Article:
Up-to-date list of semi-presidential countries with dates

Here is the list I am currently working with (as of 22 April 2017). I have now included the year when the country most recently adopted a semi-presidential constitution. ‘Historic’ cases are identified separately. If there are any errors, then do please let me know:

  • Algeria (1989), Armenia (1995), Austria (1945), Azerbaijan (1995)
  • Belarus (1996), Bulgaria (1991), Burkina Faso (1991)
  • Cameroon (1991), Cape Verde (1990), Chad (1996), Congo (Republic of) (2015), Croatia (1991), Czech Republic (2012)
  • Dem. Rep. Congo (2006)
  • Egypt (2013)
  • Finland (1919), France (1962)
  • Gabon (1991), Georgia (2004)
  • Haiti (1987)
  • Iceland (1944), Ireland (1937)
  • Kyrgyzstan (1993)
  • Lithuania (1992)
  • Macedonia (1991), Madagascar (2010), Mali (2012), Mauritania (2009), Moldova (2016), Mongolia (1992), Montenegro (2006), Mozambique (1990)
  • Namibia (1990), Niger (2010)
  • Peru (1993), Poland (1990), Portugal (1976)
  • Romania (1990), Russia (1993), Rwanda (2003)
  • São Tomé e Príncipe (1990), Senegal (1991), Serbia (2006), Slovakia (1999), Slovenia (1992), Sri Lanka (1976), Syria (2012)
  • Taiwan (1997), Tanzania (1995), Timor-Leste (2002), Togo (1992), Tunisia (2014)
  • Ukraine (1996)

8 thoughts on “Up-to-date list of semi-presidential countries with dates

  1. Zoljargal Khayandorj

    Hi !. Mr. Professor. I am Mongolian. I believe Mongolia is parliamentary system of government. Because we have unicameral parliament with 76 seats. Our executive branch is elected from unicameral parliament. We named our parliament “State Great Khural”. But we elect our president by direct popular election. Now our parliament is going to amend the constitution. We have prime minister, president and speaker of parliament. Why you selected our country as semi-presidential system. Please reply to my question.

    Reply
    1. Robert Elgie Post author

      Thanks for the message. It is semi-presidential because you have a directly elected president and a prime minister and cabinet that can be voted out of office by the legislature.

      Reply
  2. William msengi

    Tanzania’s system is parliamentary because the cabinet is drawn from the legislature.only MPs are qualified to be member of cabinet while in semi-presidential the member of cabinet can’t be the member of parliament at the same time.now can you explain why you regard Tanzania as semi presidential?

    Reply
    1. Robert Elgie Post author

      Thanks for the comment. Semi-presidentialism is where there is a directly elected president and a prime minister and cabinet that are collectively responsible to the legislature. In Tanzania, the president is directly elected. In addition, Art. 53 of the Constitution allows the National Assembly to vote no-confidence in the prime minister, who must resign if the vote is passed. Art. 57 then states that all ministers must resign if the PM resigns. So, there is collective responsibility. In this way, Tanzania meets the definition of semi-presidentialism. There is nothing in the definition that requires cabinet members to be members of the legislature or not to be members of it. The issue is whether the cabinet – however the PM and ministers are appointed and wherever they come from – is responsible to the legislature. I hope that answers your question.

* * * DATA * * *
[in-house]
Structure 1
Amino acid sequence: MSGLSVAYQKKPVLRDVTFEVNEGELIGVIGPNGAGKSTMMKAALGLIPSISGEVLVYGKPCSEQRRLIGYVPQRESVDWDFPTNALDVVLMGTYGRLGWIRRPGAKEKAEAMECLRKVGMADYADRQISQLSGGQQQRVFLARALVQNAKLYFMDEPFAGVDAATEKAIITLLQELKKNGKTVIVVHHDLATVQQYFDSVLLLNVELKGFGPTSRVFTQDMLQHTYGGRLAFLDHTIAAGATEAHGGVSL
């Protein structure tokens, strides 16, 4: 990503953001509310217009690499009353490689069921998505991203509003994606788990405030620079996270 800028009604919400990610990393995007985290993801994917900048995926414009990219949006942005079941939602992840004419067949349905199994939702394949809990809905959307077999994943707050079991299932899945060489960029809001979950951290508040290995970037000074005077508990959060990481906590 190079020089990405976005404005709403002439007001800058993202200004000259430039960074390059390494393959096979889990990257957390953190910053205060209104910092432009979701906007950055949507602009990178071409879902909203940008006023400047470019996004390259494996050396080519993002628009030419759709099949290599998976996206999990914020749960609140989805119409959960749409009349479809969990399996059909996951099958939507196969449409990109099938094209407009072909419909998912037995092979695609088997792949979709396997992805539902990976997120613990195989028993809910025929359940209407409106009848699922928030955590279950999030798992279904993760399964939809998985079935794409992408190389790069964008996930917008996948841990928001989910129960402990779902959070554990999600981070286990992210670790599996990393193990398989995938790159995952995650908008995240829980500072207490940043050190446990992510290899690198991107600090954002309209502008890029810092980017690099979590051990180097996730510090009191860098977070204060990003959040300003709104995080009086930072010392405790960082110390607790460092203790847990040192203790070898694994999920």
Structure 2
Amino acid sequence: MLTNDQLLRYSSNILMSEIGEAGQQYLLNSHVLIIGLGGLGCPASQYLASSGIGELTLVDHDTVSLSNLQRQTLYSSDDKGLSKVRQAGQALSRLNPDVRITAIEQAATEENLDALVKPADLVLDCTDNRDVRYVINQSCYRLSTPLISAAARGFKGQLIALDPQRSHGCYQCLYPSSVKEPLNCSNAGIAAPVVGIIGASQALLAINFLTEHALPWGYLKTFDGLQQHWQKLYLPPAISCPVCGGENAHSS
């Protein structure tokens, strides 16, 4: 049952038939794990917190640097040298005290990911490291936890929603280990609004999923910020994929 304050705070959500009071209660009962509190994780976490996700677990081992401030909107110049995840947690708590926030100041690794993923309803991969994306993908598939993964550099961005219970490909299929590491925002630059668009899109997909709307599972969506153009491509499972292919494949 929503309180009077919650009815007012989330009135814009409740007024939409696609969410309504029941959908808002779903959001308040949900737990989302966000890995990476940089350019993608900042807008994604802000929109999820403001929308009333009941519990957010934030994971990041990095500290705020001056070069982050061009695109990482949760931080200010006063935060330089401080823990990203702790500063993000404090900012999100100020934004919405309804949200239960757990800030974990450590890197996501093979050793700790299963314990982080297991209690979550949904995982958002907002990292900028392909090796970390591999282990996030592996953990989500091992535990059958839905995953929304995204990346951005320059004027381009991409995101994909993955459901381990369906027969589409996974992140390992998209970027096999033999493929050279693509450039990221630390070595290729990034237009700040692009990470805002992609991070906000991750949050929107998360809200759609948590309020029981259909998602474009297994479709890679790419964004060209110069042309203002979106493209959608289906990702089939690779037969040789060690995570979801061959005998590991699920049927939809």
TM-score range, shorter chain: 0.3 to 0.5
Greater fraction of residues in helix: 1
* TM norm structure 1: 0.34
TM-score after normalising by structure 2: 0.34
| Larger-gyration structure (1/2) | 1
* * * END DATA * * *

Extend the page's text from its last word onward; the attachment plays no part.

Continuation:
Robert

      Reply
  3. Maame

    Why is Ireland considered a semi-presidential democracy though the president has very little power.And the office of the president is ceremonial.

    Reply
    1. Robert Elgie Post author

      The definition of semi-presidentialism used here does not include any reference to presidential power. So, whether a country has a figurehead president or a very powerful president, constitutionally it can still be semi-presidential. If you need to know more, then a lot of papers are available on this topic at: http://doras.dcu.ie/view/people/Elgie,_Robert.html

      Reply
  4. Prof. Dr. Salim Şen

    Ankara:21.04.2017
    Dear Sir,
    Your studies are realy excellent to enlighten almost everey one to become knoqlageable about the different methods of national administrative sturctures.
    As a retired Profesor of Management, your explanations made it clear for me to understand the needs of nations, in relation to keeping national unitiy and society.
    Please, include Turkey among your studies. Turkish Ambassadors are vital points. In my opinion, Turkey needs your views to keep nation united. I express my best feelings and respect to you. Salim Şen

    Reply

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